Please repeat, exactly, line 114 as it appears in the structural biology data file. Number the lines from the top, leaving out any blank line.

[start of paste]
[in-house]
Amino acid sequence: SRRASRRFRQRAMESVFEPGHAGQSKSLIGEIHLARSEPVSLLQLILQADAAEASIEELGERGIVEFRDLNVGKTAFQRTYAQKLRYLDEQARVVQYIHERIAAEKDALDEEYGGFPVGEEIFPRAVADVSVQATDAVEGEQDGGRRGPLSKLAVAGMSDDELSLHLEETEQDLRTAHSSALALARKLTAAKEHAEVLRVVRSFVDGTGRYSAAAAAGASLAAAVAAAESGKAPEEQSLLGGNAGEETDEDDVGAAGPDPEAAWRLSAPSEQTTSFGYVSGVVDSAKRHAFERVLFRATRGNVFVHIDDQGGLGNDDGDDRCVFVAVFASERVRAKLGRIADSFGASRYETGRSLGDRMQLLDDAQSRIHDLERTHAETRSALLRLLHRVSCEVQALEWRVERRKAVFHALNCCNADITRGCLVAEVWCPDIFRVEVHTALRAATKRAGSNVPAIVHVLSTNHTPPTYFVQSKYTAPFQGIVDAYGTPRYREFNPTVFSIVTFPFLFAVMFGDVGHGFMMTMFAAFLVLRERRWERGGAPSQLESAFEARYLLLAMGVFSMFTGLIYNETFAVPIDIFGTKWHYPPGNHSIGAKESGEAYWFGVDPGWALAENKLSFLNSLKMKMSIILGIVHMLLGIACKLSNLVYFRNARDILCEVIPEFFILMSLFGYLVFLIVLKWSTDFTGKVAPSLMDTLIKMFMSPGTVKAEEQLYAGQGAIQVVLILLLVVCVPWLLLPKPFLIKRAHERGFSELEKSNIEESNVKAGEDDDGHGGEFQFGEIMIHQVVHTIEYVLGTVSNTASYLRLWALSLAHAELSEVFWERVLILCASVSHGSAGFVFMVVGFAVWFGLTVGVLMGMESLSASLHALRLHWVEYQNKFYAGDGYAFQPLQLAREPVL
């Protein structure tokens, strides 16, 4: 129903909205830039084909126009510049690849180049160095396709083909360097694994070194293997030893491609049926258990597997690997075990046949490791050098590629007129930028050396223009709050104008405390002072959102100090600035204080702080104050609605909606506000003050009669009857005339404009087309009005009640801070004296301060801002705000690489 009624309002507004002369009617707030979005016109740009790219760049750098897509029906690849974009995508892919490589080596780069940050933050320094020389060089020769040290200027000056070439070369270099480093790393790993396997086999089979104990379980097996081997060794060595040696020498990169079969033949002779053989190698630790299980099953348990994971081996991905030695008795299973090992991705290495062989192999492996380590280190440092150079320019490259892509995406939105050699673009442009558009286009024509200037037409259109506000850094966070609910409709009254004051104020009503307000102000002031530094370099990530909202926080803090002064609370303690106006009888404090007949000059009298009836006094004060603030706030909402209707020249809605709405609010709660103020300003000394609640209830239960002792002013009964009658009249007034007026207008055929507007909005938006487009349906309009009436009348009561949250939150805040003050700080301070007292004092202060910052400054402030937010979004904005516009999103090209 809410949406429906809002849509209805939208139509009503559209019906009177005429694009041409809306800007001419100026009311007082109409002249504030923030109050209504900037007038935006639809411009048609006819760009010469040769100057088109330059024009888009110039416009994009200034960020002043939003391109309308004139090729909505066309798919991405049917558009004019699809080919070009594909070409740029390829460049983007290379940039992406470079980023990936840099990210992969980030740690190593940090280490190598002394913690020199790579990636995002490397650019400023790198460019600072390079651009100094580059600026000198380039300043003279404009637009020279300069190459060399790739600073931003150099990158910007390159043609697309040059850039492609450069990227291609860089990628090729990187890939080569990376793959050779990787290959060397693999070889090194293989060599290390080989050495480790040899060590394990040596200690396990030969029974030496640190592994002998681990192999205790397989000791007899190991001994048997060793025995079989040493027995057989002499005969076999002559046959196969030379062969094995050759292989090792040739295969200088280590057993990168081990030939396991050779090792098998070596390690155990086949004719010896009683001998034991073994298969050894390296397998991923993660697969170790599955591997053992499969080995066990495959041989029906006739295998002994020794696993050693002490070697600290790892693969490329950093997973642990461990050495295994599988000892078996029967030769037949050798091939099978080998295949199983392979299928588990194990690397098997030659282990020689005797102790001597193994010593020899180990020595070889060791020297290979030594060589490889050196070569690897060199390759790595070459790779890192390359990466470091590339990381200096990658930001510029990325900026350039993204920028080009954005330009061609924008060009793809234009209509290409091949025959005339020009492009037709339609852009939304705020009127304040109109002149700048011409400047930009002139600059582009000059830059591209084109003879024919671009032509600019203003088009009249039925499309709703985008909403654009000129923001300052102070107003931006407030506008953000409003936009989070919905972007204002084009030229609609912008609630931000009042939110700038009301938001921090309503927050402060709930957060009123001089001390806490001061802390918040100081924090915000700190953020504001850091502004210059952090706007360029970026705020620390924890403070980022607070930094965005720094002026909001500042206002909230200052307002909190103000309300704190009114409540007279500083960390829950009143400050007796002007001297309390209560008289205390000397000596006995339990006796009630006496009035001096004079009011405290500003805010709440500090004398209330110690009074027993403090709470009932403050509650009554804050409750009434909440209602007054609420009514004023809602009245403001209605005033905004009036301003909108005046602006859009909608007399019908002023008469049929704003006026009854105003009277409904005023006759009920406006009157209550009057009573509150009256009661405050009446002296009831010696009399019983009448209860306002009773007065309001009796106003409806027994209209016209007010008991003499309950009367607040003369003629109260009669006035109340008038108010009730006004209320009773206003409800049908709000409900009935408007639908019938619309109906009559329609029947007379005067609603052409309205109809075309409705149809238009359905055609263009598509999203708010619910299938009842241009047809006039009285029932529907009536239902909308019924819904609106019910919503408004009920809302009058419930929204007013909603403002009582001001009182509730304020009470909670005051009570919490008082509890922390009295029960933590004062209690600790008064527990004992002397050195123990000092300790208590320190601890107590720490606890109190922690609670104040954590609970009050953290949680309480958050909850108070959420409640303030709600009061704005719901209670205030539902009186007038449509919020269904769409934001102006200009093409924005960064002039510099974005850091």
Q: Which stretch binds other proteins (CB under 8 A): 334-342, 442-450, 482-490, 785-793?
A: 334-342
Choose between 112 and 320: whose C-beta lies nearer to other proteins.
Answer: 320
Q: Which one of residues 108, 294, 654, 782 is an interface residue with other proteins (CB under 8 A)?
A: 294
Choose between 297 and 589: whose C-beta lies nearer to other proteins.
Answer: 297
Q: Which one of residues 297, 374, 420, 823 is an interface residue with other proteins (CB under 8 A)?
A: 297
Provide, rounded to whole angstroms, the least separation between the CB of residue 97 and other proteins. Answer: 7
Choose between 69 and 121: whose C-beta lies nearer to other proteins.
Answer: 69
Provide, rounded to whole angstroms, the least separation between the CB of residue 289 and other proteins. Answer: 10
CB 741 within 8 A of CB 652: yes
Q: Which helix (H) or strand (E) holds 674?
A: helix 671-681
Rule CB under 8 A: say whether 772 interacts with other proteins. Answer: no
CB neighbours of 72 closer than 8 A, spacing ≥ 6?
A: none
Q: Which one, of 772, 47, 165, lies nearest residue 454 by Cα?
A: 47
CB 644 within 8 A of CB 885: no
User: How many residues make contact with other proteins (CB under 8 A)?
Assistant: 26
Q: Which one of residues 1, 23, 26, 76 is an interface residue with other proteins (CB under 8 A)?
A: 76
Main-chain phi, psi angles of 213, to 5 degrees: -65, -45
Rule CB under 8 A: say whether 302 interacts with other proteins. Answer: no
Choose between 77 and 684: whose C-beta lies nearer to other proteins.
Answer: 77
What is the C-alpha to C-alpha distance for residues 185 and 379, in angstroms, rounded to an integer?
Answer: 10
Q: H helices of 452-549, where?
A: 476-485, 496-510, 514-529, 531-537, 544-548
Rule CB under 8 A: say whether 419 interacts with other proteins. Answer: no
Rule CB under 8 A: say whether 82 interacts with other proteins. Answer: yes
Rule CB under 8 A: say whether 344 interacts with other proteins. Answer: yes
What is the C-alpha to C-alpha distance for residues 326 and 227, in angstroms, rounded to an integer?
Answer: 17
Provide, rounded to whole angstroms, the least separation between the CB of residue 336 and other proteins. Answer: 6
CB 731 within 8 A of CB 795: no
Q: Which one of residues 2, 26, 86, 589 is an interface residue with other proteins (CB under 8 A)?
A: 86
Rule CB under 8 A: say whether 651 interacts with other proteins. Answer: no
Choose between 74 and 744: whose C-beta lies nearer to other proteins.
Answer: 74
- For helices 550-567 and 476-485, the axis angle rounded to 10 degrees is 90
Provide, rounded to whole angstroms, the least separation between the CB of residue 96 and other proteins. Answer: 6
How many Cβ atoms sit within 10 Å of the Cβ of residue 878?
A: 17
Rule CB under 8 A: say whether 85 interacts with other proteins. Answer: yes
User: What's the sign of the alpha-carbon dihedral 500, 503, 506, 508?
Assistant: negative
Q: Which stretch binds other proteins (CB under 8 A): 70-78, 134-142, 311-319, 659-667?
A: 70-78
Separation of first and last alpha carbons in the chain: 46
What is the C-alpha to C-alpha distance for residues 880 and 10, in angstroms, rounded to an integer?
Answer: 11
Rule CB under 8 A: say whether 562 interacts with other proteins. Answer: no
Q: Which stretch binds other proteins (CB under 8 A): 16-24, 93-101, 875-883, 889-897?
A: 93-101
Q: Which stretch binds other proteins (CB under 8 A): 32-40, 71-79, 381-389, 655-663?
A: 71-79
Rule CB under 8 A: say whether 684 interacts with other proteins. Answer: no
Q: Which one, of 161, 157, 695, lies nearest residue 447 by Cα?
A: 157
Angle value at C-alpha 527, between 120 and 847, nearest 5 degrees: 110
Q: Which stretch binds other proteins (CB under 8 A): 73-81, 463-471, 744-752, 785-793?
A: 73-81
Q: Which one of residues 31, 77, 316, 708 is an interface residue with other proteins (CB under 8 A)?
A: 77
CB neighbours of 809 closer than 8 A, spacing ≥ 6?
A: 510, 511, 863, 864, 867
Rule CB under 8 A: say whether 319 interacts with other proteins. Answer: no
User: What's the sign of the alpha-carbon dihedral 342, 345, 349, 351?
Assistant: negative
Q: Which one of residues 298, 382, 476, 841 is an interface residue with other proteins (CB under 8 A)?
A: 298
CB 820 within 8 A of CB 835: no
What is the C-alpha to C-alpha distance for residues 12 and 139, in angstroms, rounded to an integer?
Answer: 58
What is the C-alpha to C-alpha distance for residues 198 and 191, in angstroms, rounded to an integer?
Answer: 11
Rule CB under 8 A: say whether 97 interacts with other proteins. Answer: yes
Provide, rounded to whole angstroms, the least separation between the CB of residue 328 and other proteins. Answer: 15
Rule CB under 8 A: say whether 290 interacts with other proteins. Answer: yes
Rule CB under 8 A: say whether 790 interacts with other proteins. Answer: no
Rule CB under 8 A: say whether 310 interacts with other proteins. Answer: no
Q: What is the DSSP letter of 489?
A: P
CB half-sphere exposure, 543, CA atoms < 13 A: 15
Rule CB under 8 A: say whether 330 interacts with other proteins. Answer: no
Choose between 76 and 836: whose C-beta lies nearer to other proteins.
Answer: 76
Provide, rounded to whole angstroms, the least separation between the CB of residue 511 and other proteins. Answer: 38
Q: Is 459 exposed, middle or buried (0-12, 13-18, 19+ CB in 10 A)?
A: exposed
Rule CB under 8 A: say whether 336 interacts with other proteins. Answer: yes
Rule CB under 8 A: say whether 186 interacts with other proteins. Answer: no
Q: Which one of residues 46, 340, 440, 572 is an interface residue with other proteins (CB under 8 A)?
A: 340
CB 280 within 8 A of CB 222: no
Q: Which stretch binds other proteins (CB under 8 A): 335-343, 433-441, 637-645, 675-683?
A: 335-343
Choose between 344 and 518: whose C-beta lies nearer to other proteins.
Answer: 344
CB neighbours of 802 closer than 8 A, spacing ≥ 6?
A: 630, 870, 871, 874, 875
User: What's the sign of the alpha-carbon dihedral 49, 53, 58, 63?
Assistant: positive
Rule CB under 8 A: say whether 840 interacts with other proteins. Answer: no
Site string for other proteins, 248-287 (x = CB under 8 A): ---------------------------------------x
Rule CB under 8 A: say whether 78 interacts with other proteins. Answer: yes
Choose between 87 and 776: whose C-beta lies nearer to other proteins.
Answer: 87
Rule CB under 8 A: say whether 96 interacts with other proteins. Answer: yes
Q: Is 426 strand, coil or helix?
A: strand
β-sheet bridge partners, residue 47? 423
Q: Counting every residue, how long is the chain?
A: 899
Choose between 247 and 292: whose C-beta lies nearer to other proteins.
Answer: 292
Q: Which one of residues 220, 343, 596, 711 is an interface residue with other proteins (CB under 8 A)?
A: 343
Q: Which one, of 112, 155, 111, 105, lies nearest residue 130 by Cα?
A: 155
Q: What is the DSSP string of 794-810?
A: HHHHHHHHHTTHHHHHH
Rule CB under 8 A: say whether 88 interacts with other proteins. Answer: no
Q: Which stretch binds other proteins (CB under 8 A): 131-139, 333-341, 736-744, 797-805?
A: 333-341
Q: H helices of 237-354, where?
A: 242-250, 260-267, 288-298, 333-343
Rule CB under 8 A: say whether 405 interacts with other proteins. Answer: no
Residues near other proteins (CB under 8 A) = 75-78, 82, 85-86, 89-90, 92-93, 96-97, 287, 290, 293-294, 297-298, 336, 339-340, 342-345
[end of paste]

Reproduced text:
Assistant: positive